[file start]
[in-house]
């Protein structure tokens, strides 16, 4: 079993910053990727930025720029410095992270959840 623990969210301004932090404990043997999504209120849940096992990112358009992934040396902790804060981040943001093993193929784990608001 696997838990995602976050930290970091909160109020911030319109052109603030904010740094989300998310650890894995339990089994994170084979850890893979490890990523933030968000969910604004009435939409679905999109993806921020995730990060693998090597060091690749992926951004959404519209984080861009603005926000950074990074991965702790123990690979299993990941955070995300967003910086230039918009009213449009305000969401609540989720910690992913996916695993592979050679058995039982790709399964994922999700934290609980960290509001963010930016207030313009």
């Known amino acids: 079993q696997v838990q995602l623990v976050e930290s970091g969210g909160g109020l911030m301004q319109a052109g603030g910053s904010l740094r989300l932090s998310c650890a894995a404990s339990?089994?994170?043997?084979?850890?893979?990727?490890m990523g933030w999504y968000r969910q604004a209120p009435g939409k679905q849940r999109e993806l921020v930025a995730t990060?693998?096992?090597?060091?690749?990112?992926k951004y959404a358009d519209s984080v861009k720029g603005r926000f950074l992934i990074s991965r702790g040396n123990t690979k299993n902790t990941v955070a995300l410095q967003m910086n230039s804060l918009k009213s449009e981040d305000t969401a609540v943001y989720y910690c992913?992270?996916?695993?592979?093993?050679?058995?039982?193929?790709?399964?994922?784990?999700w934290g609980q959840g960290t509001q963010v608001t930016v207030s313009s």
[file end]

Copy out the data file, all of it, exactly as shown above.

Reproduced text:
[in-house]
């Protein structure tokens, strides 16, 4: 079993910053990727930025720029410095992270959840 623990969210301004932090404990043997999504209120849940096992990112358009992934040396902790804060981040943001093993193929784990608001 696997838990995602976050930290970091909160109020911030319109052109603030904010740094989300998310650890894995339990089994994170084979850890893979490890990523933030968000969910604004009435939409679905999109993806921020995730990060693998090597060091690749992926951004959404519209984080861009603005926000950074990074991965702790123990690979299993990941955070995300967003910086230039918009009213449009305000969401609540989720910690992913996916695993592979050679058995039982790709399964994922999700934290609980960290509001963010930016207030313009």
């Known amino acids: 079993q696997v838990q995602l623990v976050e930290s970091g969210g909160g109020l911030m301004q319109a052109g603030g910053s904010l740094r989300l932090s998310c650890a894995a404990s339990?089994?994170?043997?084979?850890?893979?990727?490890m990523g933030w999504y968000r969910q604004a209120p009435g939409k679905q849940r999109e993806l921020v930025a995730t990060?693998?096992?090597?060091?690749?990112?992926k951004y959404a358009d519209s984080v861009k720029g603005r926000f950074l992934i990074s991965r702790g040396n123990t690979k299993n902790t990941v955070a995300l410095q967003m910086n230039s804060l918009k009213s449009e981040d305000t969401a609540v943001y989720y910690c992913?992270?996916?695993?592979?093993?050679?058995?039982?193929?790709?399964?994922?784990?999700w934290g609980q959840g960290t509001q963010v608001t930016v207030s313009s």